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Miss Russell
1
Summarise what we learned
about last lesson…
What could be today’s lesson
objective? Write an example.
Thinking Ladder…

To
&
what
Social Exchange & and Equity
theory say about relationship
maintenance.
To have
these
theories...
How will I know if I am learning?
By the end of the lesson…
E

Will be able to explain what Social Exchange
Theory (SET) &...
Social Exchange Theory is an ‘economic theory’ it takes the view that social relationships are run
in a similar way to a b...
SET suggests relationships are run like a balance
sheet - partners are always trying to maximise
their rewards and limit t...
Calculate how rewarding a current
relationship (or friendship) is by assigning a
unitary value to the rewards received and...
The Comparison Level (CL)
We develop a standard which we compare all our relationships
against.
It is formed based on all ...
Current
relationship

Potential
relationship

“What
have I got
now?”

“What
could I
have?”

Profit
Profit

Comparison
leve...
Calculate and compare the outcome of a
current relationship with the expected
outcome of a previous and a potential
altern...
What do you think these mean?
Stage

Description

Mnemonic

Sampling

Bargaining

Commitment

Institutionalisation

Once y...
What do you think these mean?
Stage
Sampling

Description

Analysing the potential costs and rewards of
entering into a re...
People strive to achieve fairness in their
relationship. Inequality has the potential to cause
distress. This happens when...
Perceived ratio of Inputs and Outputs
Inequity doesn’t necessarily mean inequality. Two individuals
can put in variable am...
why might people feel dissatisfied in the
following examples?
Person is giving more to the
Person is getting more out of
r...
What do you think these mean?
Key Terms

Description

Mnemonic

Profit

Distribution

Dissatisfaction

Realignment

Once y...
What do you think these mean?
Key Terms
Profit

Distribution

Dissatisfaction

Realignment

Description

Rewards are maxim...
What kind of relationships do
Economic Theories fail to
account for…?
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  1. 1. Miss Russell 1
  2. 2. Summarise what we learned about last lesson… What could be today’s lesson objective? Write an example.
  3. 3. Thinking Ladder… To & what Social Exchange & and Equity theory say about relationship maintenance. To have these theories to real romantic relationships. To have different types of relationships that perhaps economic theories don’t explain adequately.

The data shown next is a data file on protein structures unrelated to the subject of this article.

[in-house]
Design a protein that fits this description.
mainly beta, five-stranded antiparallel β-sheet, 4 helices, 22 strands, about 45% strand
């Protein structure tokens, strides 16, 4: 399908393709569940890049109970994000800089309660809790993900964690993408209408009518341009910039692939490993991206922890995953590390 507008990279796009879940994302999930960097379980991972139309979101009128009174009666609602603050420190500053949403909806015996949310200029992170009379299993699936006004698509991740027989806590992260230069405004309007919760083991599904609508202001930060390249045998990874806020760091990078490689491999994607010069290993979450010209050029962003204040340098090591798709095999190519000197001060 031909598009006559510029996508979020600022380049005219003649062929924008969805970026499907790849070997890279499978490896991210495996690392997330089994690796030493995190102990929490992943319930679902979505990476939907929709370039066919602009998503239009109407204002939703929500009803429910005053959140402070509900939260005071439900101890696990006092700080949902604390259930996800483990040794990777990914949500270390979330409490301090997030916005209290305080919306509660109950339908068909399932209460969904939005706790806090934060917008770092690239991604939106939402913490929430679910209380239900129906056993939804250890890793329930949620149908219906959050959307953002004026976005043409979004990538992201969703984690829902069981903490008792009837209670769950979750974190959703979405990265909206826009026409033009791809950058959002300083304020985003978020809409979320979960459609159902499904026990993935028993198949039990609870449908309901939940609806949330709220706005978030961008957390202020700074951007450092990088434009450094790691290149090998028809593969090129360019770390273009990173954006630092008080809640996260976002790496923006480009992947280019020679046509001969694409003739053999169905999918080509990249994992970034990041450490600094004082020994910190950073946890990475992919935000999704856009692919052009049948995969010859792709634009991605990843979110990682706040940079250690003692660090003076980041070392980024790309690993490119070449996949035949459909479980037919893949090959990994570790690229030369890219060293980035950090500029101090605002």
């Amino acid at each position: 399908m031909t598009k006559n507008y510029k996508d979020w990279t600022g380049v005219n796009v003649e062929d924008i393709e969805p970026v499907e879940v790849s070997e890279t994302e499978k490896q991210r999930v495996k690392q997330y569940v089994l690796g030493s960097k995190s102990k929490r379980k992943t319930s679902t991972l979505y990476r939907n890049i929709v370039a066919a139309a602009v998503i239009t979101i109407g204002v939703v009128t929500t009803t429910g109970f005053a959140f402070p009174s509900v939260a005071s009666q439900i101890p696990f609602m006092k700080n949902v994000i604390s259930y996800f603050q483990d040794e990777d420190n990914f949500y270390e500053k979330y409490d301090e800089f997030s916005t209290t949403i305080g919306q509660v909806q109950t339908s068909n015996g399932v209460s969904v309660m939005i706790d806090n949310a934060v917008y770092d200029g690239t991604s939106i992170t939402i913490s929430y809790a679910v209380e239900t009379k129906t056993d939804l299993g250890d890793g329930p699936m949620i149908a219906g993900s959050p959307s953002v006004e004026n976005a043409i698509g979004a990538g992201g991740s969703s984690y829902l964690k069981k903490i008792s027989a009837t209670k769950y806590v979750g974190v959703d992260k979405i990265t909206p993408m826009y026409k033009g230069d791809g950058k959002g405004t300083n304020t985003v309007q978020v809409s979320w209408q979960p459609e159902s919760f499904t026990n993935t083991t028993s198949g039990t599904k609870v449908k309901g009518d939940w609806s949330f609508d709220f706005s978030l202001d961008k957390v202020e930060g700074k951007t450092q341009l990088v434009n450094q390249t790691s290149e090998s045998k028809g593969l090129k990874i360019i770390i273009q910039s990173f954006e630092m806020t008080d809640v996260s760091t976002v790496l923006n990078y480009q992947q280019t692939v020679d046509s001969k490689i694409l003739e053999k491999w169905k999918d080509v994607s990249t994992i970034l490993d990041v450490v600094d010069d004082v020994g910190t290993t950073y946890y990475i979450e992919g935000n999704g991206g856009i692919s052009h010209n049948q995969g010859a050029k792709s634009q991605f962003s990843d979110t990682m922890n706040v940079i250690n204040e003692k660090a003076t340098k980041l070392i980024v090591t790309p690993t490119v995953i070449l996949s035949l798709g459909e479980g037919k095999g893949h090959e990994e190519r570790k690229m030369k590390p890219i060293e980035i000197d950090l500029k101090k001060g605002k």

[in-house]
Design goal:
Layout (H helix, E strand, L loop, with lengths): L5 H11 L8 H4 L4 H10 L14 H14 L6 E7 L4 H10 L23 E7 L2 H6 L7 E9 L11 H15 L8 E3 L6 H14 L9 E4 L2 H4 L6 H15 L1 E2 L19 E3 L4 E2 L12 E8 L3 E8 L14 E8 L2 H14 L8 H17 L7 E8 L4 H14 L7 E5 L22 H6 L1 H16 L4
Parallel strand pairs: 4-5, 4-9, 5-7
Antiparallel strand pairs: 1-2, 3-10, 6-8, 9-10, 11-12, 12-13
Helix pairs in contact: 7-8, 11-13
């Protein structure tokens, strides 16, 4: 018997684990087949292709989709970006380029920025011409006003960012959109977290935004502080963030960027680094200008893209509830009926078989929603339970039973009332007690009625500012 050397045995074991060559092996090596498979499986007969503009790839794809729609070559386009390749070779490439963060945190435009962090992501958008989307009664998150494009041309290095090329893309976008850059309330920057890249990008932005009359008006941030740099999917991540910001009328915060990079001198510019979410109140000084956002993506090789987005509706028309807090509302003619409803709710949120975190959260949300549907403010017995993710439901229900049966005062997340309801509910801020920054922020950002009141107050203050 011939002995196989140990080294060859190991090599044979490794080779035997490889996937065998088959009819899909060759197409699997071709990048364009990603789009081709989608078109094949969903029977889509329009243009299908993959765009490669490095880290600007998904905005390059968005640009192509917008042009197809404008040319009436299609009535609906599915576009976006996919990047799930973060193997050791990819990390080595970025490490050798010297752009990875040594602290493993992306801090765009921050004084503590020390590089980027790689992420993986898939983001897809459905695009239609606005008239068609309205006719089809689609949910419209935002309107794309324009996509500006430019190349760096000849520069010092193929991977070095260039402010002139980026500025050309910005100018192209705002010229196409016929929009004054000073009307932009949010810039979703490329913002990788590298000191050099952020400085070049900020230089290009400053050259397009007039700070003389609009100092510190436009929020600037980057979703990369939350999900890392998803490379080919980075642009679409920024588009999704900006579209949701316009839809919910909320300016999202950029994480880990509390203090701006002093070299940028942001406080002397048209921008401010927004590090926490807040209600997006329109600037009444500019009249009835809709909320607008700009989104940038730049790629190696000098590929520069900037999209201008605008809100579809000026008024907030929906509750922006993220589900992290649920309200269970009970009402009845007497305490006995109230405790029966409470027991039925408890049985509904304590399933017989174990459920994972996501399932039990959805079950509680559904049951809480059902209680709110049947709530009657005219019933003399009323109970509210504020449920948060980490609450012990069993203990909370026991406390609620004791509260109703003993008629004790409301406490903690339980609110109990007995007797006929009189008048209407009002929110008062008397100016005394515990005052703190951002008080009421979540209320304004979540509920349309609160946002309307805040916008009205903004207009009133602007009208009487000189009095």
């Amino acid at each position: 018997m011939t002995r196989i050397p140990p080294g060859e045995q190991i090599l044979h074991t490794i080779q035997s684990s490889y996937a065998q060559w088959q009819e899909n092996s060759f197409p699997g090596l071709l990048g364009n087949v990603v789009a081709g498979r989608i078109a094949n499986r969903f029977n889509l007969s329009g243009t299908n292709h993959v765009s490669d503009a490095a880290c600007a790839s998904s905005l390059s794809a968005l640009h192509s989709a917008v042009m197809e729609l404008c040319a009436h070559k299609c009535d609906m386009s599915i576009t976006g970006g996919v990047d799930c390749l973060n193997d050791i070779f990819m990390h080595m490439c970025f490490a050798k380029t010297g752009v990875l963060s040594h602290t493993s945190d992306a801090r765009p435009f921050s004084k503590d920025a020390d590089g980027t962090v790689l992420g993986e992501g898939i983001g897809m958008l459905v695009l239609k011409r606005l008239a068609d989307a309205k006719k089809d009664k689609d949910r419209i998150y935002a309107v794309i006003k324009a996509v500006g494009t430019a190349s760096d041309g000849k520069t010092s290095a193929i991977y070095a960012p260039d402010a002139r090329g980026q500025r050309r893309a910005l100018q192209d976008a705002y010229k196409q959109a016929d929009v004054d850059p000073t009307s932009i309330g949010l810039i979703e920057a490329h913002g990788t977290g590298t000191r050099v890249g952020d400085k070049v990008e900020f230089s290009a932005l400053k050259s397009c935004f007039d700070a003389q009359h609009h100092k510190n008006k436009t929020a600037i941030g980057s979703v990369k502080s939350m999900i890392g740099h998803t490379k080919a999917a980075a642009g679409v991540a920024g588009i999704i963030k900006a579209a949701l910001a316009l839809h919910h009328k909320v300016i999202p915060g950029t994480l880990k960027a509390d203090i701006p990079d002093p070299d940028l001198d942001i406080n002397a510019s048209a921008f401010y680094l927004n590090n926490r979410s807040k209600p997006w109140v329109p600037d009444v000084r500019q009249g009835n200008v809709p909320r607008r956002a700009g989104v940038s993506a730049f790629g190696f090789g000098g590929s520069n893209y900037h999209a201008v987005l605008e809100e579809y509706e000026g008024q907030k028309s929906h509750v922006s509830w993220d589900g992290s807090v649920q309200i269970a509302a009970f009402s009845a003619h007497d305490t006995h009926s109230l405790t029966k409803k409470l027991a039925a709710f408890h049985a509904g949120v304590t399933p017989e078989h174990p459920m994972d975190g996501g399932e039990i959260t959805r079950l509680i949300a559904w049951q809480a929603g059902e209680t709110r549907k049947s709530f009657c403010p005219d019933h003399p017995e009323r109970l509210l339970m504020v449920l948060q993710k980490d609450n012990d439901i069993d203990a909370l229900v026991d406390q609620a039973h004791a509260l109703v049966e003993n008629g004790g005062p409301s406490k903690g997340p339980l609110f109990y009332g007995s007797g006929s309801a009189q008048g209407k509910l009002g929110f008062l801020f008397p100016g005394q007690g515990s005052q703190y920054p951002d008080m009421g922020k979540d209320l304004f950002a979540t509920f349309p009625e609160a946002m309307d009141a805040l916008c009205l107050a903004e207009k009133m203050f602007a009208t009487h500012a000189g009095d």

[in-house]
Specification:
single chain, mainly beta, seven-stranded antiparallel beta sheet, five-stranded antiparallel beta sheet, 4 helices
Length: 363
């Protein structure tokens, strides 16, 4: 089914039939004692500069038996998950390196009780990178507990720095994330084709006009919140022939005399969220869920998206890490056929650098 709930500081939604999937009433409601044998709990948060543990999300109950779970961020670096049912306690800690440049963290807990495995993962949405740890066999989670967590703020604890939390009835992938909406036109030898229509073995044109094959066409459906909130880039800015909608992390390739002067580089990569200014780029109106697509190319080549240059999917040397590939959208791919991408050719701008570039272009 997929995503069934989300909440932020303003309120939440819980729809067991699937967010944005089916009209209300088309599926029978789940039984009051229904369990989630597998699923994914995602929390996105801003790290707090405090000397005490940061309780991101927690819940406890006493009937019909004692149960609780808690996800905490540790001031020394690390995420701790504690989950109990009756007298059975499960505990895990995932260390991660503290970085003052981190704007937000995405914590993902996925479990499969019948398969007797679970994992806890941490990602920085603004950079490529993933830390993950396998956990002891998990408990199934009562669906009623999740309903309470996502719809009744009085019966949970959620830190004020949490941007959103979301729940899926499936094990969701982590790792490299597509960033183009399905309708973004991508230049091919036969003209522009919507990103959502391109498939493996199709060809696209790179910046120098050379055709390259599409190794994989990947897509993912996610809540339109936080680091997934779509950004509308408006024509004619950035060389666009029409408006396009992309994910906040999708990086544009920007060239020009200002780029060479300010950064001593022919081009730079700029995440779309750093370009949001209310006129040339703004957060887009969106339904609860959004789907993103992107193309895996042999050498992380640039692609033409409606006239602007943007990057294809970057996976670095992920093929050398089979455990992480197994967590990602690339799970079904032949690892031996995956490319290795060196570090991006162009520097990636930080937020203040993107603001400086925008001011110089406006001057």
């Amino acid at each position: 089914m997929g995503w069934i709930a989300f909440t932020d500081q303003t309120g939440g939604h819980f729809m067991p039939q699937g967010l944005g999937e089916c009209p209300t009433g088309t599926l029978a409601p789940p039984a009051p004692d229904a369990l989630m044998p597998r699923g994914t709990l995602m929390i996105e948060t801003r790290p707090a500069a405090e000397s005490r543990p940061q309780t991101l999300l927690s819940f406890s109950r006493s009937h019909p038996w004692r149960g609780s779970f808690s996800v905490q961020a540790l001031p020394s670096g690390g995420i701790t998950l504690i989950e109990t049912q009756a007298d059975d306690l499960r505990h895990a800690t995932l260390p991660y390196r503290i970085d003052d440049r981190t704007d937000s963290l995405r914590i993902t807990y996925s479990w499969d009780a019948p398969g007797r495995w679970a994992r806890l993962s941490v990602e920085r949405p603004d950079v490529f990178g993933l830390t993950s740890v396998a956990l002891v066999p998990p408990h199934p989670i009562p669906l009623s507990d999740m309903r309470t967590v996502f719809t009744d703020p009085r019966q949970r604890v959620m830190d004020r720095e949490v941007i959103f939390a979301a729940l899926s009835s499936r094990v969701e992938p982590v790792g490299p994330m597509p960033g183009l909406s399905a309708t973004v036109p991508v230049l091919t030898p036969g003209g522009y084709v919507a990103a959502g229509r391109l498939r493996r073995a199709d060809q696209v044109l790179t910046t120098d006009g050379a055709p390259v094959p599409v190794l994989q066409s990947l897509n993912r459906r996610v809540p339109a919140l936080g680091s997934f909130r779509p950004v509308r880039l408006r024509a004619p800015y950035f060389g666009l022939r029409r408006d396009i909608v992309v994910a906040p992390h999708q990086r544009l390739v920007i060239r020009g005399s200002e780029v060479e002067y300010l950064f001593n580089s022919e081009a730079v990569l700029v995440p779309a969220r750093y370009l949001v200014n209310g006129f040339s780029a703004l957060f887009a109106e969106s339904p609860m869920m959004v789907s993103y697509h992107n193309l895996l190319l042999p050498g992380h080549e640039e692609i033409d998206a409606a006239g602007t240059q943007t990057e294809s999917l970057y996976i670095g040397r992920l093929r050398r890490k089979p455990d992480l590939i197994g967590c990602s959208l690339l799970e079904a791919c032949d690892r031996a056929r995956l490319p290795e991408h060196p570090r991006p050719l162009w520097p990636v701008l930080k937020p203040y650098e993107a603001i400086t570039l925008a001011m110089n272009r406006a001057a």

4. 4. How will I know if I am learning? By the end of the lesson… E Will be able to explain what Social Exchange Theory (SET) & Equity Theory say about relationship maintenance. C Will be able to apply these theories to real relationships. A Will be able analyse what kinds of relationships are ignored by economic theories and begin to evaluate economic theories of relationship maintenance.
  5. 5. Social Exchange Theory is an ‘economic theory’ it takes the view that social relationships are run in a similar way to a business – people are haggling and negotiating in order to get the best deal. SET is based on the principles of operant conditioning which suggest we form and maintain relationships because they are rewarding – this means they are profitable because the rewards we receive from the relationship outweigh the costs incurred. This means that if the relationship stops being profitable because the costs outweigh the rewards the relationship will end.
  6. 6. SET suggests relationships are run like a balance sheet - partners are always trying to maximise their rewards and limit their costs. Satisfaction depends on the ‘outcome’ - the balance between rewards and costs - a successful relationship is a profitable one because the rewards outweigh costs, although a state of ‘loss’ will occur if the costs start to outweigh the rewards